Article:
An Old-fash­ioned View of Win­ning

You don’t al­ways de­serve what you get

Canadian Cycling Magazine - - CRANKOLOGY - By James “Cranky” Ram­say

What does it mean to win? When I was grow­ing up, it meant fin­ish­ing first in a com­pe­ti­tion of some kind. This sim­ple def­i­ni­tion was based on the be­lief that com­pe­ti­tion is healthy and good, and that the per­son who runs the fastest, jumps the high­est or (in my case) eats the great­est num­ber of but­ter­scotch pud­dings in five min­utes de­serves spe­cial recog­ni­tion.

But it seems this def­i­ni­tion of win­ning is very old­fash­ioned. These days, ev­ery­one is a winner. Any read­ers who are par­ents will know that chil­dren’s sports are now de­fined by the idea that com­pe­ti­tion is bad, and that all par­tic­i­pants in the grade-school track meet de­serve medals. On the up­side, the child who ac­tu­ally does win the race gets a medal too, but that’s prob­a­bly small con­so­la­tion when she or he sees it’s iden­ti­cal to the one proudly worn by the clumsy sloth who fin­ished last.

I don’t know whether this re­vi­sion­ist view of com­pe­ti­tion and achieve­ment orig­i­nated in child­hood ath­let­ics or some rel­a­tivist so­cial-the­ory salon, and I don’t re­ally care. What I do know is that it has per­me­ated adult life, too. Look at the world of recre­ational run­ning, where ev­ery fin­isher gets a medal at the end of a marathon. You could walk the en­tire route, sit­ting down to rest ev­ery 30 min­utes, and still get a medal. I’m sorry, but un­less you ac­tu­ally ran the dis­tance, you don’t de­serve one. You’re not a winner just for show­ing up. You may ac­tu­ally be that other thing – what is that again? Oh yes – a loser.

The good news is that there are still facets of life in which win­ning re­ally is win­ning – among them, com­pet­i­tive cy­cling. And by com­pet­i­tive, I don’t mean pro­fes­sional. I sim­ply mean bike rac­ing, in any of its glo­ri­ous forms. Long­time read­ers will know that be­fore my life was ru­ined by hav­ing chil­dren, I com­peted for a cou­ple of sea­sons in masters road races in On­tario. I was an un­spec­tac­u­lar ath­lete – in a to­tal of about 25 races, I cracked the top 10 three times (and the bot­tom 10 once or twice). But these were real com­pe­ti­tions, and there was no sug­ges­tion that any of us was a winner just for show­ing up.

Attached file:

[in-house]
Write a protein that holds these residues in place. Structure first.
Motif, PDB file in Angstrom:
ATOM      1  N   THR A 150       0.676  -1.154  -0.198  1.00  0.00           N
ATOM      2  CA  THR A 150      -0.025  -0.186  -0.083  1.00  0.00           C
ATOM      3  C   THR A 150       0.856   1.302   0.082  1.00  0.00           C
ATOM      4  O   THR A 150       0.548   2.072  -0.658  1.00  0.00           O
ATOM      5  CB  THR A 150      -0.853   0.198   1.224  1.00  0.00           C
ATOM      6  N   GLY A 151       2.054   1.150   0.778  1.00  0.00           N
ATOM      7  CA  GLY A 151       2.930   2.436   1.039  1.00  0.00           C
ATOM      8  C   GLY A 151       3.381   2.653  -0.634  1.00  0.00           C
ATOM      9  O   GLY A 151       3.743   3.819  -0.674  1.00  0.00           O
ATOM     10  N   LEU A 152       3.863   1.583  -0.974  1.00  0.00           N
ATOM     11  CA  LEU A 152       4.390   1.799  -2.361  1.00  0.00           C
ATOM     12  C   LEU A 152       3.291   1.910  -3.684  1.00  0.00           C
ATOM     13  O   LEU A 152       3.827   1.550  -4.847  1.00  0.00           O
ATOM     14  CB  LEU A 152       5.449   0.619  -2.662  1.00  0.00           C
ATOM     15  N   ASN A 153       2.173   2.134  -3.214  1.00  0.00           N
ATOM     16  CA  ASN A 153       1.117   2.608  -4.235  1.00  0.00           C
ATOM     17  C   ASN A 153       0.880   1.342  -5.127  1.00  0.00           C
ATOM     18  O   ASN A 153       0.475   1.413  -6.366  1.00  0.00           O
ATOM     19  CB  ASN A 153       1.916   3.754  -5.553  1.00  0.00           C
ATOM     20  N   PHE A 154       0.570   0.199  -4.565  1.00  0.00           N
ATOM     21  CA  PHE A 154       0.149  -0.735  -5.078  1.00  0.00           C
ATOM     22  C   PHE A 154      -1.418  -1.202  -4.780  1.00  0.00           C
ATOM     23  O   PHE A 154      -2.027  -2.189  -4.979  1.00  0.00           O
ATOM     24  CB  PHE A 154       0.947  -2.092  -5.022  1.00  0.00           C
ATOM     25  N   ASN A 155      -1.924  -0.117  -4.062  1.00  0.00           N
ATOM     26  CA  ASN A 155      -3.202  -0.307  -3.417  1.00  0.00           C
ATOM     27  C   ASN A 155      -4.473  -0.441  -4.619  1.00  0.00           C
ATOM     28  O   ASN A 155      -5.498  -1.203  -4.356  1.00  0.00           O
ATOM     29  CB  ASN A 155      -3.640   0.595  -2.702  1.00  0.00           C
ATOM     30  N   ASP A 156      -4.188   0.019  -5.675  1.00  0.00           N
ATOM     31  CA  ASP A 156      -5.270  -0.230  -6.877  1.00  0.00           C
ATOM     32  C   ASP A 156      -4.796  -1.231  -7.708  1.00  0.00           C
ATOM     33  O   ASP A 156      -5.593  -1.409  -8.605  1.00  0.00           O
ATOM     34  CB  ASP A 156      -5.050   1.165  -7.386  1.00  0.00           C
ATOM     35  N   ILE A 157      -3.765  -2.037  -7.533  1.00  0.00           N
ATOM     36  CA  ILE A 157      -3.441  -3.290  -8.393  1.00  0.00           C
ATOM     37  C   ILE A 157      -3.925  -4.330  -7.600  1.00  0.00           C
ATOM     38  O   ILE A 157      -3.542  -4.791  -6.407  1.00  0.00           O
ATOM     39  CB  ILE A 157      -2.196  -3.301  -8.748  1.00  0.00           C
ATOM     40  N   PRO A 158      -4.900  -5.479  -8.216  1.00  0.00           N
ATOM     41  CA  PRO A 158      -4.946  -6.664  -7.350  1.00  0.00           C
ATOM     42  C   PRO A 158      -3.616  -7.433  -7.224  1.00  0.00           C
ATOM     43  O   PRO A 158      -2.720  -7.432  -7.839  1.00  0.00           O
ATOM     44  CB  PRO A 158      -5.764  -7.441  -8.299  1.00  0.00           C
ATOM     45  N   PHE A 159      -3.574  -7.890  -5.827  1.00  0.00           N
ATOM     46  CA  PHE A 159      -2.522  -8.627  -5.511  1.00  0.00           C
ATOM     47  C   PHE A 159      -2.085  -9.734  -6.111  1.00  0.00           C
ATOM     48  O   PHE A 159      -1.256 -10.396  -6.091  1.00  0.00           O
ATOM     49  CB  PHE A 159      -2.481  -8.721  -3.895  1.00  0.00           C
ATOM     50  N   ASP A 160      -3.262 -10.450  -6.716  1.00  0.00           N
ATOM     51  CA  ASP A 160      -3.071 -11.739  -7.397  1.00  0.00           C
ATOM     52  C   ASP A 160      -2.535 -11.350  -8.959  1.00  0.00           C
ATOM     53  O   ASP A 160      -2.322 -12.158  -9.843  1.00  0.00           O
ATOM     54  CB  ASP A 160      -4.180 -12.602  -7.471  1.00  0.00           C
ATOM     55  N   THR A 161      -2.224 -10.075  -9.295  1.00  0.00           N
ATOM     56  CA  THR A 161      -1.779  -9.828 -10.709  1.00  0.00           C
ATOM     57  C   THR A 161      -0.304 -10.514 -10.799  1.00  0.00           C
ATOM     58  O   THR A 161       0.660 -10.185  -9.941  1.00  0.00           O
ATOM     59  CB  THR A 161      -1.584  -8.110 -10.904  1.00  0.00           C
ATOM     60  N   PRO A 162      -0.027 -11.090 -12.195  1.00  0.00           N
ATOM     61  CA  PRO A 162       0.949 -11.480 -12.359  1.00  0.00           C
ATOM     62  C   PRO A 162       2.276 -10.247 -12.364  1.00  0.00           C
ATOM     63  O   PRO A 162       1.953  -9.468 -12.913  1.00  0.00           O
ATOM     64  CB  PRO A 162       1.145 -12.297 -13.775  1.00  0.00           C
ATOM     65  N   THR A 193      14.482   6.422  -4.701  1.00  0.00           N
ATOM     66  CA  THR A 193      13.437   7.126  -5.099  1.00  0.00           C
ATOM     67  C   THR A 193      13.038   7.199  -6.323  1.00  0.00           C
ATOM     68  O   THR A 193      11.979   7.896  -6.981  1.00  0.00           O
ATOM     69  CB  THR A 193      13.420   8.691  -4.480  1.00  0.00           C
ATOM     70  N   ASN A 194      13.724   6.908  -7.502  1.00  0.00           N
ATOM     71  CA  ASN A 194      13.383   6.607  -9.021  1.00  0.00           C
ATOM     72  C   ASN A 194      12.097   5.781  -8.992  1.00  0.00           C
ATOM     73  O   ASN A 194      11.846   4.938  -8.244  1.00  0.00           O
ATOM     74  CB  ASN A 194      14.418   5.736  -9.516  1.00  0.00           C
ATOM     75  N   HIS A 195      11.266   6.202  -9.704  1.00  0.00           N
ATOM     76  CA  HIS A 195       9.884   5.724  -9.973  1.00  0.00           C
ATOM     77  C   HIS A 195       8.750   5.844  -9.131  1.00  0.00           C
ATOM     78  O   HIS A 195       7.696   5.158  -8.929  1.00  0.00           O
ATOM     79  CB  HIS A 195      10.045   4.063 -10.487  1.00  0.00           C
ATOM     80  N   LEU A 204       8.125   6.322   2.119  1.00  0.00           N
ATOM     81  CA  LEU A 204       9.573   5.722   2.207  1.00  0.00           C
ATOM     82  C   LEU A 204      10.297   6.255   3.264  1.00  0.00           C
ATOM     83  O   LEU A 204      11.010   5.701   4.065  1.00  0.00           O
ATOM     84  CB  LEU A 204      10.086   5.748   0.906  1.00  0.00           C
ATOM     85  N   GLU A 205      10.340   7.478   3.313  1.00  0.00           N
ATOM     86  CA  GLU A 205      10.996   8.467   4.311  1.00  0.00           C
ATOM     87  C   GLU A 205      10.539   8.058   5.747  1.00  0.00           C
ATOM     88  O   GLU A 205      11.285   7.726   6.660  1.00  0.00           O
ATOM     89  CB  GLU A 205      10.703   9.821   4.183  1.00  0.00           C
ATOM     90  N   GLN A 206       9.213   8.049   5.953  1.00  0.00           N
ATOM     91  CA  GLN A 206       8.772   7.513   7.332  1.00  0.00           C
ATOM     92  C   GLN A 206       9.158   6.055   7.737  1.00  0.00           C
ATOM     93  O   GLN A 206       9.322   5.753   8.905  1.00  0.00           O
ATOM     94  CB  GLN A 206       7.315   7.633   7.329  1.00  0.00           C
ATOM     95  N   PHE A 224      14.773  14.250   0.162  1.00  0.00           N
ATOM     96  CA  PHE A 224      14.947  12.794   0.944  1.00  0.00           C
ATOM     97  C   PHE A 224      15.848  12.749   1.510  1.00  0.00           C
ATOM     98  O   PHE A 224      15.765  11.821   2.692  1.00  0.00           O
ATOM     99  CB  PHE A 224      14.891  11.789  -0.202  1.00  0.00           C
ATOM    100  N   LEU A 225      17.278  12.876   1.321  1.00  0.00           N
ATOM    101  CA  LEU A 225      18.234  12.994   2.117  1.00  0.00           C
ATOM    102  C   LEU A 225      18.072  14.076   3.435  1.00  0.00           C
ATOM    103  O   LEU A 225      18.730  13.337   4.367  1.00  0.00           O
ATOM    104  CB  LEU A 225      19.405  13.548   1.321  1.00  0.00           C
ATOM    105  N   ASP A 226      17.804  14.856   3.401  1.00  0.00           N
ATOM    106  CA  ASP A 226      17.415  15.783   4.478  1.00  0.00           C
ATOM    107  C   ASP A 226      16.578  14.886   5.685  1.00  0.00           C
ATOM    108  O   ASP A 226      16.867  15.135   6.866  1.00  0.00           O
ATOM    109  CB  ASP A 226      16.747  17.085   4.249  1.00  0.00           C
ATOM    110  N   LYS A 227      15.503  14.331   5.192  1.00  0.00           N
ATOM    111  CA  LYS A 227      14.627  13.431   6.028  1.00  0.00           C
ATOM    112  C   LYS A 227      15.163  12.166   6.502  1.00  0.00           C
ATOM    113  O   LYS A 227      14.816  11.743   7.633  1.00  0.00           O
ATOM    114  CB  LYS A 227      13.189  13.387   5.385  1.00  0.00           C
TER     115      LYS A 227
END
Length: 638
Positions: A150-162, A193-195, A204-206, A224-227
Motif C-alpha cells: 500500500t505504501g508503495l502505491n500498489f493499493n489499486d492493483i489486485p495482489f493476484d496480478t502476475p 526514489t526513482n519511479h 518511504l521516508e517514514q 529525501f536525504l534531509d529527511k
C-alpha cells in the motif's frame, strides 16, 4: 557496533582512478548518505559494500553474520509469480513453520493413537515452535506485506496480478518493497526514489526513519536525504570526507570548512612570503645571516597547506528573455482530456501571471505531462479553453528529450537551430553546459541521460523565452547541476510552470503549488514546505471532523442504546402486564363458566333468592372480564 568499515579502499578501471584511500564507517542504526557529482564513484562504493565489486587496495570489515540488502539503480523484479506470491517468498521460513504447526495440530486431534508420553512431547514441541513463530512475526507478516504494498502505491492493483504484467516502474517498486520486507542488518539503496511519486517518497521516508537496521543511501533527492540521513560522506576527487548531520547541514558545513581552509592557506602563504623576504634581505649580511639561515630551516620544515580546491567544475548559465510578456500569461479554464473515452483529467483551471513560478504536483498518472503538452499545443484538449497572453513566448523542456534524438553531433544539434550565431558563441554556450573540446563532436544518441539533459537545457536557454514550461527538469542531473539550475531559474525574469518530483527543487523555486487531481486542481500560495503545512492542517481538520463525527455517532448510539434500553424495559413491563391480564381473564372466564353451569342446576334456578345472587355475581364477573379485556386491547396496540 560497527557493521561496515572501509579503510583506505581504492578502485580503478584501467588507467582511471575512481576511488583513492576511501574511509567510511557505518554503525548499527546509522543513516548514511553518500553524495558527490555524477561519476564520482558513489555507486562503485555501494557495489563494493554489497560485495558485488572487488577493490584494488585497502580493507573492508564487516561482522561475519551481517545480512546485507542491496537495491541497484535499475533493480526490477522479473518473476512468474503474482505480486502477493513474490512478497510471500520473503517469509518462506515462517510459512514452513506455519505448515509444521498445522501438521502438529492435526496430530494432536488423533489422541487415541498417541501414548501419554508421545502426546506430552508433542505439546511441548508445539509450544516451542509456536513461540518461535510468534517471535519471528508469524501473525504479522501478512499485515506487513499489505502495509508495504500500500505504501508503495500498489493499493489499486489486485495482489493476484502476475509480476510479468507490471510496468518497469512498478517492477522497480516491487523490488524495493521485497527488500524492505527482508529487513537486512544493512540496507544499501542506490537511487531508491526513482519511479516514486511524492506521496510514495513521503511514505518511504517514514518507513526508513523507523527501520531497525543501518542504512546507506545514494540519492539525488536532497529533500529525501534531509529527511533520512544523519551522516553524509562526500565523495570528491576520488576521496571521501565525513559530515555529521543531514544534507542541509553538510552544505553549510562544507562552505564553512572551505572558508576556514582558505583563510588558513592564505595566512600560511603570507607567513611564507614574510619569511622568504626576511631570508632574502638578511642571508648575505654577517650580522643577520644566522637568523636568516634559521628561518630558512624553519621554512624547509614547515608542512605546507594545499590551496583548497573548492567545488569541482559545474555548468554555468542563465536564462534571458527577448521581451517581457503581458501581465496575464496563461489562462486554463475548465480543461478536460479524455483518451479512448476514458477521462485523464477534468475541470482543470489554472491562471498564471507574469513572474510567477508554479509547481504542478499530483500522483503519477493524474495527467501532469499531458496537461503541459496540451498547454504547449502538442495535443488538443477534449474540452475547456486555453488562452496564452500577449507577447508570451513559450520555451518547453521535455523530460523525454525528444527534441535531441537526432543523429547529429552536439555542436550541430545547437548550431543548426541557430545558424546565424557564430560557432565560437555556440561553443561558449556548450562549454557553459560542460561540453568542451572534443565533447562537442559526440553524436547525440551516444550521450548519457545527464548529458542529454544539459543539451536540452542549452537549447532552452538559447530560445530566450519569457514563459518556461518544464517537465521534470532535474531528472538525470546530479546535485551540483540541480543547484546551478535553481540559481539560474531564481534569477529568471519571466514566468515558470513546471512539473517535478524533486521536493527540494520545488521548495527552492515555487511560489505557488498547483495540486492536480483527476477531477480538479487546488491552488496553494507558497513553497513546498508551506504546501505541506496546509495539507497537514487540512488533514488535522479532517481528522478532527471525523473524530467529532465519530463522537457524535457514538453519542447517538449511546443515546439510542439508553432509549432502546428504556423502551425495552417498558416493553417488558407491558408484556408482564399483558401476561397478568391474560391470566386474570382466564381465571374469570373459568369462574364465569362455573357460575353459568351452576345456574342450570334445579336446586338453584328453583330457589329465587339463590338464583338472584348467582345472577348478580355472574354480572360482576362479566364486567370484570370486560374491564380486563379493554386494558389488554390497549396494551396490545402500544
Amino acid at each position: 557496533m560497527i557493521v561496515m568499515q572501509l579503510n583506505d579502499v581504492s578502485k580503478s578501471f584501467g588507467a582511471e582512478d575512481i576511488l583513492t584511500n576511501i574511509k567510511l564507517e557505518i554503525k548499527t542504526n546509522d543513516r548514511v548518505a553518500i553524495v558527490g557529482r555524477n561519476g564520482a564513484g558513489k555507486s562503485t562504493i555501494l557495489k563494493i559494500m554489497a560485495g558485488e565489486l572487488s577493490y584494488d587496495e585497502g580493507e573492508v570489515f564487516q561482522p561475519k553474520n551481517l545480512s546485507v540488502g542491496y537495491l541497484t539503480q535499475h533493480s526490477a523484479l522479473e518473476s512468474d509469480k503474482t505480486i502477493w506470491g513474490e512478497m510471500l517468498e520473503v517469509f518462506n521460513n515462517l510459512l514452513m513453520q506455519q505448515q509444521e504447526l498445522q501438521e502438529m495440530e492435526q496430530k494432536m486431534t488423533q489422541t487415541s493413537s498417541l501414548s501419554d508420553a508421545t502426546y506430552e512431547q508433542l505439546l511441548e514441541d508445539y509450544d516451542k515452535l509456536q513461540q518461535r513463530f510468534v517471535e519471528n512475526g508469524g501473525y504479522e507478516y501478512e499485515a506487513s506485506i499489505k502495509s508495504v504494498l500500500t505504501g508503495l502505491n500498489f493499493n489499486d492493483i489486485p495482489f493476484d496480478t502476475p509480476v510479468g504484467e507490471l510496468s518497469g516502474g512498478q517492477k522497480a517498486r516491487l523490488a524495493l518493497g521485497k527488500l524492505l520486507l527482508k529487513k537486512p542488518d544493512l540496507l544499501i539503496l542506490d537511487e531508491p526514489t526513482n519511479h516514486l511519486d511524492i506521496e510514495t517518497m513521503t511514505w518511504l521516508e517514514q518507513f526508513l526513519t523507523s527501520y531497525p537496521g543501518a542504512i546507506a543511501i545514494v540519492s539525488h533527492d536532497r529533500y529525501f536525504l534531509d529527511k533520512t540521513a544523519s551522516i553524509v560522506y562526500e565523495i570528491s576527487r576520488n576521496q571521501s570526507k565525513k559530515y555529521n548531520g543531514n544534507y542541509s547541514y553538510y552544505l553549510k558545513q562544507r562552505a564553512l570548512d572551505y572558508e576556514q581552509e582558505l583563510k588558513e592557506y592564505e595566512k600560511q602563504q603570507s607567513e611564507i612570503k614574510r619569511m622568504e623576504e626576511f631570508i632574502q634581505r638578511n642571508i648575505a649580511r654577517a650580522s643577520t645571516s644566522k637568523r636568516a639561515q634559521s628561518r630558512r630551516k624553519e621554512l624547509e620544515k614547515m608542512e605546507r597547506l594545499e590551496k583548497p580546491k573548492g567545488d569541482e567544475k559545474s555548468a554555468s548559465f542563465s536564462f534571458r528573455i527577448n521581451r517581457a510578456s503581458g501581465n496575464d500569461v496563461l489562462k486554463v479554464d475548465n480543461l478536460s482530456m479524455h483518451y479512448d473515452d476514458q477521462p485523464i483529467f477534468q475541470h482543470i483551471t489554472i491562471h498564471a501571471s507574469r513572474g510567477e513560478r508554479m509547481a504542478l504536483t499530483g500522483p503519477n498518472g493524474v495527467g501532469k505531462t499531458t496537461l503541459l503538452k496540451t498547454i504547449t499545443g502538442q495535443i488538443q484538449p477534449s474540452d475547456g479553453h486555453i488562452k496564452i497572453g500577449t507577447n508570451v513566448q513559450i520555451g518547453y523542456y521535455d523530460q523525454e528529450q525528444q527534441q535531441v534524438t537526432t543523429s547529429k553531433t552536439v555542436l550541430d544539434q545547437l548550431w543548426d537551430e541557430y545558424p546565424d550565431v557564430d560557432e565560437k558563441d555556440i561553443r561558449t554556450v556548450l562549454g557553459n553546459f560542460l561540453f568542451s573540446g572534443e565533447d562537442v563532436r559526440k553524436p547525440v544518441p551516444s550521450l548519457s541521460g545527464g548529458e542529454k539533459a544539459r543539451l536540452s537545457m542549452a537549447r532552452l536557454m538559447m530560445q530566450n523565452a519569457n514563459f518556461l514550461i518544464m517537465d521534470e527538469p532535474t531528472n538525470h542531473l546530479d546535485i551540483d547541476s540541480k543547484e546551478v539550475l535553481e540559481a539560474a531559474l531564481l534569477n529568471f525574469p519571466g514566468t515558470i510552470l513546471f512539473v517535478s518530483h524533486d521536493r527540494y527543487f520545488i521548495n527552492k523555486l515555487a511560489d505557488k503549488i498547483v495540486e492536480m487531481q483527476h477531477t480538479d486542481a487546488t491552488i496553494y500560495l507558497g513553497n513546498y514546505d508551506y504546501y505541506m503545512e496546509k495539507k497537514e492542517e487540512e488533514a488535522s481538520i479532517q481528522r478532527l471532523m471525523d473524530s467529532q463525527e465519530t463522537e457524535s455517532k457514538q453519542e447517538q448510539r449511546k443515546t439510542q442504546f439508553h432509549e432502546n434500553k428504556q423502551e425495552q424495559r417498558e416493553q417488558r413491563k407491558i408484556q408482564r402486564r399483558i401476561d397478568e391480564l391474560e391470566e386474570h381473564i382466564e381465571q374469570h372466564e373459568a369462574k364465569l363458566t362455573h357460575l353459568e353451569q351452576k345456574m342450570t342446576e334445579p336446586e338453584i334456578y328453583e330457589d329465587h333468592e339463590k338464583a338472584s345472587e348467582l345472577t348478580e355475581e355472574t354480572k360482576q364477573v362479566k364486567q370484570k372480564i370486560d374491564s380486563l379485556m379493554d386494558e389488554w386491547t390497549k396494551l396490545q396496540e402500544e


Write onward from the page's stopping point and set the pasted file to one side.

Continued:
Bike rac­ing (at least the road scene) is not a wel­com­ing com­mu­nity. It’s full of big egos, blus­ter and one-up­man­ship. The rac­ers I spent time with were strong ath­letes. They also made sure you knew it. There was no mod­esty and very lit­tle room for men­tor­ing the less ex­pe­ri­enced among us. The club I rode with had a motto: “No Rider Left Be­hind.” But I – and many oth­ers – were left be­hind plenty of times. On one epic train­ing ride, I was left be­hind in a tor­ren­tial down­pour, nearly 100 km away from my car, in a ru­ral area I’d never been through in my life. If I hadn’t had my pen knife and wa­ter­proof matches with me, I wouldn’t have been able to kill, clean, cook and eat two bad­gers and a squir­rel. I have no doubt I would have per­ished in a ditch and been found the fol­low­ing spring.

“No Rider Left Be­hind,” in­deed. Even­tu­ally, I re­al­ized that the club motto must have started out longer, and that the ex­tra words must have fallen off the end at some point. I think in its orig­i­nal form it read, “No Rider Left Be­hind is Wor­thy of Be­ing in this Club.”

As I be­came fit­ter year over year and be­gan to com­pete, even the ca­ma­raderie I shared with rac­ing friends was rooted in put-downs and friendly in­sults. I was once buy­ing beer with a rac­ing buddy. In ad­di­tion to our usual favourite ales and lagers, I picked up a sin­gle, very ex­pen­sive bot­tle of lim­ited-run Scot­tish beer. “What’s that for?” my friend asked. “I’ll save it for when I win a race,” I replied.

“I don’t think beer keeps for 10 years,” he said. “Bet­ter check the ex­piry date.”

His words stung me, but I laughed. There was truth in them, too, be­cause I haven’t yet won a bike race. I have the good ex­cuse that I haven’t ac­tu­ally en­tered one in the past few years, but none­the­less, I failed in my mis­sion. I did, of course, drink that ex­pen­sive beer at the end of the rac­ing sea­son. As de­li­cious as it was, it was bit­ter­sweet be­cause I knew I didn’t de­serve it. It did come with a medal though, rep­re­sent­ing its lim­ited run. I still have that medal. One day I’ll show it to my grand­chil­dren as I tell them a made-up story about win­ning a bike race in Scot­land. With any luck, I’ll be se­nile enough to be­lieve it my­self.

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